On the grosser side, the verse is interpreted as follows. She has beautiful and splendorous eyes which appear like a stream of honeybees. Her eyebrows are compared to the bow of Manmatha. When there is a bow, it has to have a sting. Śaṁkarācārya says that this sting is hidden by the upper arm of Manmatha’s left hand. The stream of bees is compared to the hidden sting of the bow. Sting of the bow is a straight line. Śaṁkarācārya subtly conveys that Her eyes are extended up to Her ears, a sign of beauty and auspiciousness. This verse uses the word “savya” to mean the left hand of Manmatha. Savya not only means left, but also right and thus Śaṁkarācārya says that She is worshipped by followers of dakṣiṇācāra and vāmācāra. This also means that liberation cannot be attained without Her Grace. Manmatha represents love. When devotion turns into love for Her, She begins to shower Her Grace on the aspirant. Love is the highest form of devotion, as love is expressed through mind and not by actions. Similarly, love for Her has to be developed in the mind and not externally, associating with too many rituals.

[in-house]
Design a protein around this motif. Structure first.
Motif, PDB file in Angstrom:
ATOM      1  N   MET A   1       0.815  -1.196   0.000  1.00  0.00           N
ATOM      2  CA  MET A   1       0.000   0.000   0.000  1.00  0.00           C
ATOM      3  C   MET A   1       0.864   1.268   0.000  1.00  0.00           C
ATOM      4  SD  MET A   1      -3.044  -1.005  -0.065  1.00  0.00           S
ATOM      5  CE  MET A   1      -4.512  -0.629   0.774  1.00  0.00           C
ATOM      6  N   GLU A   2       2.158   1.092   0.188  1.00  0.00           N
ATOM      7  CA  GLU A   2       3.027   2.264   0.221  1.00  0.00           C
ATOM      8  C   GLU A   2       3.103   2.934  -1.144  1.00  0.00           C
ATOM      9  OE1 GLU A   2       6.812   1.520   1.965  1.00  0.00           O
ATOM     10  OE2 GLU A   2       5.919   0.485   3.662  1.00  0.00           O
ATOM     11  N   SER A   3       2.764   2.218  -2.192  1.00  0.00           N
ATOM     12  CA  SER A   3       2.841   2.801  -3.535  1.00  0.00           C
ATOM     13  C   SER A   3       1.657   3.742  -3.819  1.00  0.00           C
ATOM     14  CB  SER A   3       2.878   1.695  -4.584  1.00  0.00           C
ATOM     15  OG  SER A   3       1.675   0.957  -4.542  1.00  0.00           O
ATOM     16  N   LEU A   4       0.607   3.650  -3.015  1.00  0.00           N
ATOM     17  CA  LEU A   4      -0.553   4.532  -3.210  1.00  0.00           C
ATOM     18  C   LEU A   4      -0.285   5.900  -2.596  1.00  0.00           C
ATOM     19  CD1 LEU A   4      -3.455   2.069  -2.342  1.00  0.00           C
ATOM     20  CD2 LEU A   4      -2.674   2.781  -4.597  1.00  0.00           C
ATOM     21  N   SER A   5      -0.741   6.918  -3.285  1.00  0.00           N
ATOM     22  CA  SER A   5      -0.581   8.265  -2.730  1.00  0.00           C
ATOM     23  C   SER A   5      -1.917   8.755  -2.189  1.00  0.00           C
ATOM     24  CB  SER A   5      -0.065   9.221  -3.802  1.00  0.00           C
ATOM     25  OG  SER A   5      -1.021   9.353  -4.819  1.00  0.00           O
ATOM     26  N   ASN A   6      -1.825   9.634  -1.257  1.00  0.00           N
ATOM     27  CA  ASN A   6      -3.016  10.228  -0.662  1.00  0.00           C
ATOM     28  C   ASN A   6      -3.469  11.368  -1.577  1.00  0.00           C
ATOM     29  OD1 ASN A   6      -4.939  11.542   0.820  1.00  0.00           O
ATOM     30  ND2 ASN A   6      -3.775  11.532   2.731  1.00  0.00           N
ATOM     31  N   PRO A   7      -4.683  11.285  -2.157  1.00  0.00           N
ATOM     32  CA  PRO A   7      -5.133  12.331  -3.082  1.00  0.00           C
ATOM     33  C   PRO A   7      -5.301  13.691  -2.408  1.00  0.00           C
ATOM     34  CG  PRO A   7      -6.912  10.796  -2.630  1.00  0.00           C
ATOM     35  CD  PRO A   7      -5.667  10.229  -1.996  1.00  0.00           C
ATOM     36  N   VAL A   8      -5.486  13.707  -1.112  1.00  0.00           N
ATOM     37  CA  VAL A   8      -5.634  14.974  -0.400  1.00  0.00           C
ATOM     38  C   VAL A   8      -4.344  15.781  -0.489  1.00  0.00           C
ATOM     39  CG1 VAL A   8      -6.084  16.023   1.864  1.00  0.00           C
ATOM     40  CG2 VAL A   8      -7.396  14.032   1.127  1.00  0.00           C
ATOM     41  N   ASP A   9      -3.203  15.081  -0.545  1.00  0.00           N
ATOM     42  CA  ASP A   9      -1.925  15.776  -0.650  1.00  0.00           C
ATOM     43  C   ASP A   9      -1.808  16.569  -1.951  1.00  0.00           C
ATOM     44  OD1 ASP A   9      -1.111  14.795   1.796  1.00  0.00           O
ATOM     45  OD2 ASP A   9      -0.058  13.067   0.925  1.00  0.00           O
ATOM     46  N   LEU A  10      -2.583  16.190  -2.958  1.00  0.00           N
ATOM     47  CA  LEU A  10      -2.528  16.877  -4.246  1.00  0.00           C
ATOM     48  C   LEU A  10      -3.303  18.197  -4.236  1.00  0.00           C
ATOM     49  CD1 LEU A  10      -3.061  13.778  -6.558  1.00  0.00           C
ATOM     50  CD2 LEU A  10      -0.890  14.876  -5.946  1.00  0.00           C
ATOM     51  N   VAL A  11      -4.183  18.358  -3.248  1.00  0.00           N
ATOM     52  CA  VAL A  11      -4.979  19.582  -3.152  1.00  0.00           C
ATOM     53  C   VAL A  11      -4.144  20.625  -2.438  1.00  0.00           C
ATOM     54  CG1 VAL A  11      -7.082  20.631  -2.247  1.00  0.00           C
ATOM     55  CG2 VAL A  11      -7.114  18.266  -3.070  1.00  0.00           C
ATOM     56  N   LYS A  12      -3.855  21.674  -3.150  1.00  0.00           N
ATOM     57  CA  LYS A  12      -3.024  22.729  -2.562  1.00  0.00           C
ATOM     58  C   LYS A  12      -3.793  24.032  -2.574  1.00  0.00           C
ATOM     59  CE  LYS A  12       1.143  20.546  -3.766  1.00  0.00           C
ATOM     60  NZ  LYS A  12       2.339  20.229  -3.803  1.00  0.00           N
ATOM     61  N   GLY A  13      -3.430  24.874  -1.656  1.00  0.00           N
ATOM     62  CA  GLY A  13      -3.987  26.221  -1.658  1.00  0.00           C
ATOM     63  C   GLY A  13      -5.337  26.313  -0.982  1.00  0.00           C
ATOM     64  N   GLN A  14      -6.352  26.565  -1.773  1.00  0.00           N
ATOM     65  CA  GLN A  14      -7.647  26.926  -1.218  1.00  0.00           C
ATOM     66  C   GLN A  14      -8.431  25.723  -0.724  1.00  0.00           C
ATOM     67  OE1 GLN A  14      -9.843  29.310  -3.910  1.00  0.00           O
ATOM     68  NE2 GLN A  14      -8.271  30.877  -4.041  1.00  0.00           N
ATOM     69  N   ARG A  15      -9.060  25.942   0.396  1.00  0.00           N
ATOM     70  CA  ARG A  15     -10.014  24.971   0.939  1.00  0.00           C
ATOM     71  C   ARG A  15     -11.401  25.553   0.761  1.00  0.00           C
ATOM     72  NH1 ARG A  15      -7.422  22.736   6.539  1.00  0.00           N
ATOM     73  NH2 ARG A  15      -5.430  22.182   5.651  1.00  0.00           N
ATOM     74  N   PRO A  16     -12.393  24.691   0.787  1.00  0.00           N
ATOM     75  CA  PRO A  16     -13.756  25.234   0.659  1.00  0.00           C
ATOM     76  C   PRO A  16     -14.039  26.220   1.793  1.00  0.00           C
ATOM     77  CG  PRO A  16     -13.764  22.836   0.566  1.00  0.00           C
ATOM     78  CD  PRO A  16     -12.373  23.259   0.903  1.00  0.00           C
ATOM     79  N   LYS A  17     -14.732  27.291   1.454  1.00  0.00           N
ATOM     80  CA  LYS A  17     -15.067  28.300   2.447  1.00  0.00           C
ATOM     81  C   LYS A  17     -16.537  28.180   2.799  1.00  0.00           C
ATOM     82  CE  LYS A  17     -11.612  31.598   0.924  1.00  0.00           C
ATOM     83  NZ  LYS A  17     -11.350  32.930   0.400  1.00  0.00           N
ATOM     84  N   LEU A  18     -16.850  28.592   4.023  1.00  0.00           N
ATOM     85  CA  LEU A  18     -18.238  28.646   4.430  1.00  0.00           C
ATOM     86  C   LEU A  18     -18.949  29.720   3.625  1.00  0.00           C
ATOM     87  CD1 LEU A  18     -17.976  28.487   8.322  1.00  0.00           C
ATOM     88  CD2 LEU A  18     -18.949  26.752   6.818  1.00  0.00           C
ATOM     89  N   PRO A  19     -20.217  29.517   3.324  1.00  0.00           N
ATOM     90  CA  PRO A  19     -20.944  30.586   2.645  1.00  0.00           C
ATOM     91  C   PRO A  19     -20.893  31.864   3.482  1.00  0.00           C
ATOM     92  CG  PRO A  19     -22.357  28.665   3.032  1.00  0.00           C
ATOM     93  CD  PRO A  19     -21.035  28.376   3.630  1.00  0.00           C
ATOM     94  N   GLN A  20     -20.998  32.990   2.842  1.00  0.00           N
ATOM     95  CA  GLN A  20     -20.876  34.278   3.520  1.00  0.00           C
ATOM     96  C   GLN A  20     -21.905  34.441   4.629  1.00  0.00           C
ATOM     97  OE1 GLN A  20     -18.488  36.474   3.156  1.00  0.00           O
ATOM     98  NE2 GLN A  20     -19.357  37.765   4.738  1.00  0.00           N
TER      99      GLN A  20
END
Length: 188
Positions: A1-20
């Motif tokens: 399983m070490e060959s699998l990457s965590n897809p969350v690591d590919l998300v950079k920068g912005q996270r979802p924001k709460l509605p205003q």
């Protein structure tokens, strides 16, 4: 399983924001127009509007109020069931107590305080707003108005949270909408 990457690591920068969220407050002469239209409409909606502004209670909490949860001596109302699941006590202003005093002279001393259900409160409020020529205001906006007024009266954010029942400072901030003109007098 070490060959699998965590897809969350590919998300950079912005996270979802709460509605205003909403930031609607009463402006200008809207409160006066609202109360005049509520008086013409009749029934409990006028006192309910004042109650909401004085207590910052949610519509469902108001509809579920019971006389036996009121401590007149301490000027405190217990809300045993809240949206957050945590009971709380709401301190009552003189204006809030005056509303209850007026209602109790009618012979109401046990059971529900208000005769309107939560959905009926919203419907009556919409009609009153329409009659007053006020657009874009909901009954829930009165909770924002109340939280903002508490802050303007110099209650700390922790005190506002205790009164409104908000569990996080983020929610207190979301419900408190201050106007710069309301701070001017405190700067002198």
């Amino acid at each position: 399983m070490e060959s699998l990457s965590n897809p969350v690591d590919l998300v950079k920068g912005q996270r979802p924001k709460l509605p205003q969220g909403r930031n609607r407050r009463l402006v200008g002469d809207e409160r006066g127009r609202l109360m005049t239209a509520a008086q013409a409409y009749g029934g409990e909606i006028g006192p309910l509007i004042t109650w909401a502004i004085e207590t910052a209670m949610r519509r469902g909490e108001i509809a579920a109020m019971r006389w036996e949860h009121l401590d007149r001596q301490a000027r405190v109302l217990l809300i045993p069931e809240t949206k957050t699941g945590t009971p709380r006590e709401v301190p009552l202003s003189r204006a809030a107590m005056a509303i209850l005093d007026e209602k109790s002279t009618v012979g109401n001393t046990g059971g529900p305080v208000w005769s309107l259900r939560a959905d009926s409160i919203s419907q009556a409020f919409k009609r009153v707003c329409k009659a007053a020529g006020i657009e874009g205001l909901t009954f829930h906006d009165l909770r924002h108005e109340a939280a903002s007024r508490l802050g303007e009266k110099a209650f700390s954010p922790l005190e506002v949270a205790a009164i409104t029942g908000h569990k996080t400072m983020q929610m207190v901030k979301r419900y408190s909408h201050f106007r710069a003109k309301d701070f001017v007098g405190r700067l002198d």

According to Sāmudrikalakṣaṇa (a treatise on body parts), following types of eyes are auspicious. Wide eyes (LS 936), eyes appearing like bow and arrow (this verse) and eyes appearing like a fish (Mīnalocaṇī) are described as not only beautiful, but also auspicious. All these descriptions perfectly fit Her eyes. There are several narrations about Her eyes both in Soundarya laharī and Lalitā Sahasranāma (18, 362, 561 and 601). Her eyes not only radiate love and compassion, but also material wealth and auspiciousness. She does not bless with Her hands like other gods and goddesses. Her Grace is expressed through Her eyes